The initiative was first announced in April this year with a statement from BBC Worldwide that said it was “seeking a partnership with another company to enable our portfolio of profitable market-leading titles to meet its potential, while still protecting the BBC’s editorial standards and brands.”
The latest statement from the division says: “We would hope to have a decision on the future of the business by the end of this financial year, the end of March, though the reality is that it could still take longer than that.”
The BBC Trust has been working through proposals for the magazines over the summer and is now ready to start the pitch process to find a partner for the magazine division.
Gabrielle Rossetti, media manager at Arena Media, says: “It’s not a surprise- when they were planning to sell the whole portfolio it was always noted that they were interesting in a joint venture around titles like Top Gear.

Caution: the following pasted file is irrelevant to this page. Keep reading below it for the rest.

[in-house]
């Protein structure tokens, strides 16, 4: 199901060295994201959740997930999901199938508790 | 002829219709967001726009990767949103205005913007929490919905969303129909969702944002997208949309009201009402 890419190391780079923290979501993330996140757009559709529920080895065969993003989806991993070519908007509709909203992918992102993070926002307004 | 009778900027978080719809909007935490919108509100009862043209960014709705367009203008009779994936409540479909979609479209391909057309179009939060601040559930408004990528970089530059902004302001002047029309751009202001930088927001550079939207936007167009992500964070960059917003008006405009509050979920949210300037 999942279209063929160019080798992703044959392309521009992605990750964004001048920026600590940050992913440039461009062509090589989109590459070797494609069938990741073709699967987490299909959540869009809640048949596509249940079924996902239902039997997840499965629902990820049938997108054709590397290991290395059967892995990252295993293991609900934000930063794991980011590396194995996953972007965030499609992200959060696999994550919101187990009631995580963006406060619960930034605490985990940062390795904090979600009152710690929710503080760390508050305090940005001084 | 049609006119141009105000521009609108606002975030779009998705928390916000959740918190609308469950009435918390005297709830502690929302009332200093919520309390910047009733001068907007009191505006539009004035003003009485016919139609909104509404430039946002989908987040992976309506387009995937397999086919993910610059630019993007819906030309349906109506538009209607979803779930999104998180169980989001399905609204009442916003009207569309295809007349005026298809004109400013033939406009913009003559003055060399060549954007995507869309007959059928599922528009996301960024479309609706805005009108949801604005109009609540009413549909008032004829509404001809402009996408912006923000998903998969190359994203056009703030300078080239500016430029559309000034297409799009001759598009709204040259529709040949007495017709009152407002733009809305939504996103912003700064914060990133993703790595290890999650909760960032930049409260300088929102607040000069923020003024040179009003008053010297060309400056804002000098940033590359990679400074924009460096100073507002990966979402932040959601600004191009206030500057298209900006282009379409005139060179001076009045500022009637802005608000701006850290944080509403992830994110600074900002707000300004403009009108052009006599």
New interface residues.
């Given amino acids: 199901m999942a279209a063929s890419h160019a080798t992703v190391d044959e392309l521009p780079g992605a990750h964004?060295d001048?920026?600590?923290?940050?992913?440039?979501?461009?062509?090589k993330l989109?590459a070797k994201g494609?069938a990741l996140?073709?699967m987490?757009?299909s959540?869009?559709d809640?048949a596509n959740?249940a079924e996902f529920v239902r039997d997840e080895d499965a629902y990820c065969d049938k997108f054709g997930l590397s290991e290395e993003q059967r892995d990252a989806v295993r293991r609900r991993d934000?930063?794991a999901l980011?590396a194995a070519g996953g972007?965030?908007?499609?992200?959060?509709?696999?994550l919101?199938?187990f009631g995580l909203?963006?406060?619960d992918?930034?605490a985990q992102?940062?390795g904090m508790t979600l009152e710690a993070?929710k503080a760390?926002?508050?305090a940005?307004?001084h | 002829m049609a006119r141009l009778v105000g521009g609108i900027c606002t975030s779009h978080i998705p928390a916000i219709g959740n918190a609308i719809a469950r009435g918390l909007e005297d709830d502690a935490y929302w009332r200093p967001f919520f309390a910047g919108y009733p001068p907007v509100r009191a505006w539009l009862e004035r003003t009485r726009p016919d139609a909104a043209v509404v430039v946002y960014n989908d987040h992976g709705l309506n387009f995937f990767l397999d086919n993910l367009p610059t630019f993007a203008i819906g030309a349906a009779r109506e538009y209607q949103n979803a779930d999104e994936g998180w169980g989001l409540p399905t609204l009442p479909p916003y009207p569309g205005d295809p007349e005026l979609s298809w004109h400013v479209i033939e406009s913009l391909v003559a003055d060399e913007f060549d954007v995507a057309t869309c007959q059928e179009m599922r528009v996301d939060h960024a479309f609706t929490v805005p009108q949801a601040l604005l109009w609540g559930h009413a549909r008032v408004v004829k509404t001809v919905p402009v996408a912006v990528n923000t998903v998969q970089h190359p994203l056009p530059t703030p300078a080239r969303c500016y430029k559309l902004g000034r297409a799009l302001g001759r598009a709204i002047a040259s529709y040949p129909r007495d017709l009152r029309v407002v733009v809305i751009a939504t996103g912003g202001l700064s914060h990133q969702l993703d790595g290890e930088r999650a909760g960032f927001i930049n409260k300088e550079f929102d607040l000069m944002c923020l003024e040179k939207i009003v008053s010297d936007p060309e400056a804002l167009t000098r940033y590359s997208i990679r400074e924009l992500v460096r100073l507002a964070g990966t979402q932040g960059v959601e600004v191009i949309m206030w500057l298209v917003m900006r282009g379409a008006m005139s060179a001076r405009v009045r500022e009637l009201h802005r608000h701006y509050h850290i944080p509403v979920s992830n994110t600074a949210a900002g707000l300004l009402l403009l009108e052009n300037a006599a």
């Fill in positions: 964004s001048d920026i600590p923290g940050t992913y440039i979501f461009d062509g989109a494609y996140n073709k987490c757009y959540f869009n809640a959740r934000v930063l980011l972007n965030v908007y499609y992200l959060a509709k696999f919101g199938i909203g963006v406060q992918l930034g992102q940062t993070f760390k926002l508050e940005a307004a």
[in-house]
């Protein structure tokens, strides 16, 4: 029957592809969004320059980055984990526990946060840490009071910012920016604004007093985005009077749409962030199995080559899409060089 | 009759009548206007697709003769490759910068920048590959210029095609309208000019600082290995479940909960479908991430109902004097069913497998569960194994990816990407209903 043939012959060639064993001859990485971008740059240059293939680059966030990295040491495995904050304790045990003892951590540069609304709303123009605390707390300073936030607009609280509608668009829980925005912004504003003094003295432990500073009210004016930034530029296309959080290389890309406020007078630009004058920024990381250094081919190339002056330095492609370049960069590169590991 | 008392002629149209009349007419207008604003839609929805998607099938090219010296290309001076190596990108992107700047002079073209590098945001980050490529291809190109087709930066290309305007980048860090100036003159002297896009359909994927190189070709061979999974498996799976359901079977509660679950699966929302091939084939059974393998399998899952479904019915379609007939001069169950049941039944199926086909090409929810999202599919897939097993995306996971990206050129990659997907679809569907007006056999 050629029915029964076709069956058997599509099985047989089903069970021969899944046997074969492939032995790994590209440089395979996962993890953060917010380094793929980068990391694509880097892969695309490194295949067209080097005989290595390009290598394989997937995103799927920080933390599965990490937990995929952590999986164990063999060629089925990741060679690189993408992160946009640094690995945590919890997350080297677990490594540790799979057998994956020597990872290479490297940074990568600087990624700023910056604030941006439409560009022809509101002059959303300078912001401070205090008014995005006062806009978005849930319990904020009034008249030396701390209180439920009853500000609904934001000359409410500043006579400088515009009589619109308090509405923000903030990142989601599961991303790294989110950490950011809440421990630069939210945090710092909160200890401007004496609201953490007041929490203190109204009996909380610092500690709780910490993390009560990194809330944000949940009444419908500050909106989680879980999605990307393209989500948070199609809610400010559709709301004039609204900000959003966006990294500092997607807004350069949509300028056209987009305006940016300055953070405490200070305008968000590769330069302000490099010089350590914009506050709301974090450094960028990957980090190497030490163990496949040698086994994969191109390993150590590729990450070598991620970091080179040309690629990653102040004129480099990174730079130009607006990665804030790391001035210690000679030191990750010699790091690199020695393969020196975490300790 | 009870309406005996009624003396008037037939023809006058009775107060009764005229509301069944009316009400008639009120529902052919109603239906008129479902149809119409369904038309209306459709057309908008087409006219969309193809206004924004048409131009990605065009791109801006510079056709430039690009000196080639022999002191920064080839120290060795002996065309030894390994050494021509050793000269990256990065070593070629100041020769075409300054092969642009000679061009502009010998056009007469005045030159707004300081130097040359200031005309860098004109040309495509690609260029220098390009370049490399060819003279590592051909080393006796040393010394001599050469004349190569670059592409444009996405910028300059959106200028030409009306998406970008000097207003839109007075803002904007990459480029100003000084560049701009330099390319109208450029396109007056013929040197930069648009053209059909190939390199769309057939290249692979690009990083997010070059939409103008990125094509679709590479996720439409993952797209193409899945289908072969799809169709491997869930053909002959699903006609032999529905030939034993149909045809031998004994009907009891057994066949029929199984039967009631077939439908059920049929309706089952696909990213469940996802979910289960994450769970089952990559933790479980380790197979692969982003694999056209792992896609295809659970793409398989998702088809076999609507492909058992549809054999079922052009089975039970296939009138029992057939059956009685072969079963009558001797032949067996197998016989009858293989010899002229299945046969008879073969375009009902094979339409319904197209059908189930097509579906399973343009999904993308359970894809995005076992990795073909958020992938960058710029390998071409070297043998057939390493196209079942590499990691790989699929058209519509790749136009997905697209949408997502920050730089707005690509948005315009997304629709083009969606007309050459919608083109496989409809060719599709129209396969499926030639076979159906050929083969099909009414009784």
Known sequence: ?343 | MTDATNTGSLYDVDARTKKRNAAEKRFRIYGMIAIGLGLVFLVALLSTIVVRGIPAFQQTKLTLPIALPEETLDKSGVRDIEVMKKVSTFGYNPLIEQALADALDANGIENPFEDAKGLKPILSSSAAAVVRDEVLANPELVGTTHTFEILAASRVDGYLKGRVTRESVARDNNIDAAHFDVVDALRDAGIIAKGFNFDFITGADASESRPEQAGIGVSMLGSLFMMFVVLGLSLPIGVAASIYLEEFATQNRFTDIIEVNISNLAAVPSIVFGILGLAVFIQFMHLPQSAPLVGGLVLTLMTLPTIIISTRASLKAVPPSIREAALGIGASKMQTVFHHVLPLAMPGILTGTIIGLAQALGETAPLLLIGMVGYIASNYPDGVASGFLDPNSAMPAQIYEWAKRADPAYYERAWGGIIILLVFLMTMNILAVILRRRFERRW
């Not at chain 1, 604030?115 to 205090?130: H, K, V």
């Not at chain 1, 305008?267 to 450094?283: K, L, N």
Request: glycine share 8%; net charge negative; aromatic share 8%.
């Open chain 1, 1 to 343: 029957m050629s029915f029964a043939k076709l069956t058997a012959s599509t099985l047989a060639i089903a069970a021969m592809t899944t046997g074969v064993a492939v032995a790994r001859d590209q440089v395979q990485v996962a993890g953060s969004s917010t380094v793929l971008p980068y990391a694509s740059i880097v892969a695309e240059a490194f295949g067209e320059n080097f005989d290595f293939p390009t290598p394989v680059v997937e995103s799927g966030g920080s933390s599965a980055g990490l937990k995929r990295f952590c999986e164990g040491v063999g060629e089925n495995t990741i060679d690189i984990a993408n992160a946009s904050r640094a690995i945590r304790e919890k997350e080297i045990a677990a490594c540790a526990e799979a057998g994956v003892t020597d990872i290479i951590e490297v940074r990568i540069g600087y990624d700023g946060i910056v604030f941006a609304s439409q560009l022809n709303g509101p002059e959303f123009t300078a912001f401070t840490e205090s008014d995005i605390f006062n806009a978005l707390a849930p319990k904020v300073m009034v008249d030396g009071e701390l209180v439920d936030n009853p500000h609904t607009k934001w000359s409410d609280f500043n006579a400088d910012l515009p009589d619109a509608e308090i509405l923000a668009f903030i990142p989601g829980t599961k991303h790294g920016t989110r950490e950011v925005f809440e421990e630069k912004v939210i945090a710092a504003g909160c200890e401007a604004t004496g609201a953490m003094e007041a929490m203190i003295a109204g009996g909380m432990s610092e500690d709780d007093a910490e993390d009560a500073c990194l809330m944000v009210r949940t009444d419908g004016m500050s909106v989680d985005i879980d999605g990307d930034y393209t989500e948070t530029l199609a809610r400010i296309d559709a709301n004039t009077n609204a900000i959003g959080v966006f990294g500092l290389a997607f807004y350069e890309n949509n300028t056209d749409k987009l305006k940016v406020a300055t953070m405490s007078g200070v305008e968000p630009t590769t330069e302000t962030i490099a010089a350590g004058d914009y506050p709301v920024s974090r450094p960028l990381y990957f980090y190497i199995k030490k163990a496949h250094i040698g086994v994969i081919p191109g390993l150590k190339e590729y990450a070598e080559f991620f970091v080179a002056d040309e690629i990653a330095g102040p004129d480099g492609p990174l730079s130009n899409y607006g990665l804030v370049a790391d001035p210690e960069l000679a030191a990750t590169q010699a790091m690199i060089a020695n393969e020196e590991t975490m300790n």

“I think it is apparent that they need a cash injection, but that they are committed to these brands and cannot relinquish all ownership given their place in the BBC stable. I’ll be interested to see who they do eventually partner with- I can imagine a great partnership would mean really interesting opportunities for clients.”
BBC Worldwide’s operations have been under scrutiny for some time by commercial rivals. It was criticised for its acquisition of The Lonely Planet magazine in 2007.
Radio Times was ranked as the third most actively purchased magazine in the last ABC figures with an average net circulation of 941,882, down 2.3% for the period January to June 2010, year on year.
Top Gear, one of the BBC’s most lucrative franchises, saw its average net circulation dip by 5.2% for the January to June 2010 period, year on year, to 190,375.